Sep 17, 2013
Neutrons identify kidney cancer
Renal cell carcinoma (RCC) can be distinguished from benign kidney tumours using a non-invasive 3D imaging modality called neutron stimulated emission computed tomography (NSECT), according to simulations by researchers in North Carolina (Phys. Med. Biol. 58 5867).
The technique detects characteristic gamma rays emitted by trace elements specific to different types of cancer upon irradiation of the patient or a tissue sample with a neutron beam. Still in the pre-clinical stages of development, NSECT has the potential to detect disease earlier than conventional, anatomical imaging approaches.
"Some of these elements are suspected to undergo changes in concentration in the earliest stages of tumour growth," said Anuj Kapadia, senior author and faculty member at Duke University in Durham, NC. "Our technique aims to measure these elements and detect cancer in the body earlier than other clinical imaging methods in use today."
While conventional imaging techniques like MRI or CT can detect renal tumours, they cannot always differentiate between benign and malignant disease. The only definitive way to do so is by biopsy, an invasive procedure that carries complication risks, motivating the researchers to investigate whether NSECT could non-invasively identify RCC in vivo.
Monte Carlo simulations
The researchers used a mathematical human phantom and the MCNP5 Monte Carlo code to simulate NSECT scans. Organs were assigned elemental compositions using data from the literature, including one kidney containing a RCC tumour, which was assigned a composition based on samples taken from 70 patients with the disease.
The modelled scanner comprised two semi-circular detector rings positioned side by side and a 5 MeV collimated neutron source. Each detector ring comprised five high-purity germanium radiation detectors. The beam energy was selected to induce gamma emission in the elements specifically associated with RCC.
During imaging simulation, the detectors and neutron source were rotated around the phantom, measuring gamma emission spectra at 10 angles and at 60 discrete source positions at each angle. The process was repeated for 10 longitudinal slices.
Characteristic spectral peaks resulting from the stable isotopes of six elements were separated out and used to reconstruct tomographic images for each, using the expectation-maximization algorithm, where the pixel value is proportional to the concentration of the element. The elements included phosphorus, present in RCC in higher concentrations; sodium and potassium, which are present in healthy kidneys in higher concentrations than other organs; and sulphur, a background element present throughout the body.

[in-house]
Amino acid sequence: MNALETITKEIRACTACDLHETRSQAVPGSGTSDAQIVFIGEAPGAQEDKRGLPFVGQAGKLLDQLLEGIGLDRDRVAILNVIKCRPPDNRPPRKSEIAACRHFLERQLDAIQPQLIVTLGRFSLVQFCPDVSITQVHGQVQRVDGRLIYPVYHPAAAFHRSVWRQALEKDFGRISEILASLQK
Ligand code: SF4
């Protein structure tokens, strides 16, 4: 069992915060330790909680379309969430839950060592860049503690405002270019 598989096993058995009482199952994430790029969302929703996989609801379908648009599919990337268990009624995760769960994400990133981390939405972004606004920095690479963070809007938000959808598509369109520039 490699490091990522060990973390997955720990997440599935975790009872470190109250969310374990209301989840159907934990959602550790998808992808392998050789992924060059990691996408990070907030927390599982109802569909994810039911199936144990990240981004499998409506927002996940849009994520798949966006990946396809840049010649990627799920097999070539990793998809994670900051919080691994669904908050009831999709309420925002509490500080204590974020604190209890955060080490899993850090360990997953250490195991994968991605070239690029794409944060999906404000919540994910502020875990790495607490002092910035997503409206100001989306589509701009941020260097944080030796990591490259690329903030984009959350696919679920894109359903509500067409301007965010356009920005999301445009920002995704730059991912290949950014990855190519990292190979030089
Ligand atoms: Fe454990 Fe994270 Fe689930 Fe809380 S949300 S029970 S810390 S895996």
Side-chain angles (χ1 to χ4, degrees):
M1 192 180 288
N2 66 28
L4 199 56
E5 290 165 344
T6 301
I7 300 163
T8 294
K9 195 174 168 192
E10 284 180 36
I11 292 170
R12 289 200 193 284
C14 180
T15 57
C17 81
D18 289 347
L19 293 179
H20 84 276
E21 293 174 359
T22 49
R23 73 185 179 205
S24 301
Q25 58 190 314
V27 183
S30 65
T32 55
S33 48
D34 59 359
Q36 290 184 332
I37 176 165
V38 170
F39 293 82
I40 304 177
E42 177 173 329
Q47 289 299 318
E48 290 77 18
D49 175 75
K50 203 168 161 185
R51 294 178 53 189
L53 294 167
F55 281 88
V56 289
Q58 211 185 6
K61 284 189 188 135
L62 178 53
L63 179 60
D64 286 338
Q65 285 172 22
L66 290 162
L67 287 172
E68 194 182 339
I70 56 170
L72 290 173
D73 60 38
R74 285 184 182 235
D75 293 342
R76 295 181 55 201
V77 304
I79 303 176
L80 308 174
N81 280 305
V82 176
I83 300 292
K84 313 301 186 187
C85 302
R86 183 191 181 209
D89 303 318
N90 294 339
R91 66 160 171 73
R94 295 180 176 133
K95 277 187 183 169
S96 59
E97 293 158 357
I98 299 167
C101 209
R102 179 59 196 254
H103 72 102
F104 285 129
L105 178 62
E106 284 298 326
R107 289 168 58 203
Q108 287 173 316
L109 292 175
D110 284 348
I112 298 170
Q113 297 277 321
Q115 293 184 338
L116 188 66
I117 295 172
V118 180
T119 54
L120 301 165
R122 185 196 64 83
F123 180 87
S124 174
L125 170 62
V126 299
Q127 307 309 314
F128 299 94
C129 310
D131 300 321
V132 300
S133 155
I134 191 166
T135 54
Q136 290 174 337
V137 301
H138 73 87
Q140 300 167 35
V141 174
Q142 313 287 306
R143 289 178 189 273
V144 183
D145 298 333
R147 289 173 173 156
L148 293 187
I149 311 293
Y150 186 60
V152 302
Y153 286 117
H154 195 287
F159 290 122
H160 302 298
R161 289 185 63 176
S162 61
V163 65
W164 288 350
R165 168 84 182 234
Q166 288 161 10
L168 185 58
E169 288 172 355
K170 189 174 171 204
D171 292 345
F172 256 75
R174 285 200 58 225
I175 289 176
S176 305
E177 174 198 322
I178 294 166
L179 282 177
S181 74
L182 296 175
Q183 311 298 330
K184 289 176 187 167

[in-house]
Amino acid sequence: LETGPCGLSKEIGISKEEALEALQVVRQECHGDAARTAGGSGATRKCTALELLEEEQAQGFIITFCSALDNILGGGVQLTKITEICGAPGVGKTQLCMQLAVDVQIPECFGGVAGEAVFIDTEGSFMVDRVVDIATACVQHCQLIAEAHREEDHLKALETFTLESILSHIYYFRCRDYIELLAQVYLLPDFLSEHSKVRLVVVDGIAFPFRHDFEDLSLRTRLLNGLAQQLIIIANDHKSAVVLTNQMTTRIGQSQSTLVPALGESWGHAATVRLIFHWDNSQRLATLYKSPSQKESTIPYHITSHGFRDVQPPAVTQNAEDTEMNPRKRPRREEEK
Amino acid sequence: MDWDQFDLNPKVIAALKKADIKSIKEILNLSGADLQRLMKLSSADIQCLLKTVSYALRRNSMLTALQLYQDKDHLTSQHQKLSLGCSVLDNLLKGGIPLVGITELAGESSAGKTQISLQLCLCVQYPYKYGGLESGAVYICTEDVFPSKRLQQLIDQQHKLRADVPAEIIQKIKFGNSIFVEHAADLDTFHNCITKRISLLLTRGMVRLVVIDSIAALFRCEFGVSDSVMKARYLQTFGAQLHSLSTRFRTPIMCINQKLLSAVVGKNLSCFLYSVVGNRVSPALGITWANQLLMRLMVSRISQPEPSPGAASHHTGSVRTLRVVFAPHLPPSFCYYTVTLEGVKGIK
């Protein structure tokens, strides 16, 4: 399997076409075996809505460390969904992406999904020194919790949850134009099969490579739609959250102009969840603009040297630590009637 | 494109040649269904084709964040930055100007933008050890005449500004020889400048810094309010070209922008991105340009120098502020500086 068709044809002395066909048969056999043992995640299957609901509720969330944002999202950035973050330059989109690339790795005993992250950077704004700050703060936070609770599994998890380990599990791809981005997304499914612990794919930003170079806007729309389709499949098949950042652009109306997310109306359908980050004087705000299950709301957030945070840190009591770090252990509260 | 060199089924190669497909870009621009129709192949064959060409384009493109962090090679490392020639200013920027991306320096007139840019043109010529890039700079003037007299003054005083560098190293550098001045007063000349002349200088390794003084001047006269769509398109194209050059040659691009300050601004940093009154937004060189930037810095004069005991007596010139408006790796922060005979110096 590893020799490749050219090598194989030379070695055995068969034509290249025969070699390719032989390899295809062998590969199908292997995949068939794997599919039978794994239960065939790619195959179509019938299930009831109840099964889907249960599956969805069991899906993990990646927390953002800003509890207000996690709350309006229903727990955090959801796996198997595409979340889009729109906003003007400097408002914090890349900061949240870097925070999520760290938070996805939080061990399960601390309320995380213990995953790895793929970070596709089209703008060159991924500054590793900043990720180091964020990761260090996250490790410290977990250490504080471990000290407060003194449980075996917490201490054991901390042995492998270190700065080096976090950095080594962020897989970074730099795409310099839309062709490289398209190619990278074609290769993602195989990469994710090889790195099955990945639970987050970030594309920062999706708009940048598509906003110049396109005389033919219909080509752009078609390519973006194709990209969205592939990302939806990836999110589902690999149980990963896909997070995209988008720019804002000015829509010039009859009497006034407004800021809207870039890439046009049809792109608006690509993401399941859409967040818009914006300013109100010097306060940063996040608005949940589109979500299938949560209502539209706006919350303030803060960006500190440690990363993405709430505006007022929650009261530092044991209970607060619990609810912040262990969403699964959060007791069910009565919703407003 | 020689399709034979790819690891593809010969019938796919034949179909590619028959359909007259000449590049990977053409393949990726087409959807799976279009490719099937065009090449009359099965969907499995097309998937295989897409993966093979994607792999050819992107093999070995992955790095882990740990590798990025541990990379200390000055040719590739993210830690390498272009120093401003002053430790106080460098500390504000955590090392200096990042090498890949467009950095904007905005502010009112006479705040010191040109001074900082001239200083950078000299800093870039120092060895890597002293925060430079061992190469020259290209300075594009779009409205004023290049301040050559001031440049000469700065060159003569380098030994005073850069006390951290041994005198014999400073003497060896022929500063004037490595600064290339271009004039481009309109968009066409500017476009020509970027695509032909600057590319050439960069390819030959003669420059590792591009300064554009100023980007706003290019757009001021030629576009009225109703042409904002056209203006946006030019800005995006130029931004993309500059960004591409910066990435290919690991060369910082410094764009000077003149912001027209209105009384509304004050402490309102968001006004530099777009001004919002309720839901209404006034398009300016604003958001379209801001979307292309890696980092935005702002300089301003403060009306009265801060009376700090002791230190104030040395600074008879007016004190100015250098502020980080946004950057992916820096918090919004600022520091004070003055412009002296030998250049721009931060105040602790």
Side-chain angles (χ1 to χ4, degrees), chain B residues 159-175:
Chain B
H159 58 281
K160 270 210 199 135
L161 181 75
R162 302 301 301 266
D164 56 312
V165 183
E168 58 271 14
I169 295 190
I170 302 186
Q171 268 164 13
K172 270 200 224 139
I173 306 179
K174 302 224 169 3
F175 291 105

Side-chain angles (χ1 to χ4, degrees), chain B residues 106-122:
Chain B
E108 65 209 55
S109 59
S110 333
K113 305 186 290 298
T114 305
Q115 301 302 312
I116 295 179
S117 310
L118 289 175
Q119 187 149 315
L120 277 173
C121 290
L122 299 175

Calculations revealed an effective dose to the patient of 3.86 mSv for the scan, less than half of that for an abdominal CT scan. Images of phosphorus, potassium and sodium distributions, each superimposed on a sulphur image to provide an outline of the body, demonstrated qualitative differences between the diseased and healthy kidney. The images demonstrated higher levels of phosphorus and lower levels of potassium and sodium in the diseased kidney, consistent with the modelled compositions, and correctly mapped the distribution of healthy and diseased tissue.
The researchers used the data from the three images to isolate the kidneys from the surrounding anatomy, enabling a quantitative comparison of the two. For each of the three elements, the differences in pixel values between the healthy and diseased kidney were statistically significant, though not as large as the differences in element concentration predicted. The shortfalls were attributed to the low concentrations of the elements that were close to the detection sensitivity limit of the modelled NSECT system. For example, on average, potassium makes up only 0.005% of an RCC tumour.
"Due to this fact, we were able to identify the difference between element concentrations across tissues, but we couldn't perform an accurate absolute measure," said Rodrigo Viana, first author and PhD candidate at the Nuclear Energy Research Institute in São Paulo, Brazil, who was a research fellow at Duke University at the time of the study. The group have several ongoing lines of research, including the design of a clinical specification scanner that will improve detector sensitivity with the aim of routine absolute concentration measurement in patients.
• Related articles in PMB
3D element imaging using NSECT for the detection of renal cancer: a simulation study in MCNP
R S Viana et al Phys. Med. Biol. 58 5867
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G A Agasthya et al Phys. Med. Biol. 57 113
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About the author
Jude Dineley is a freelance science writer and former medical physicist based in Sydney, Australia.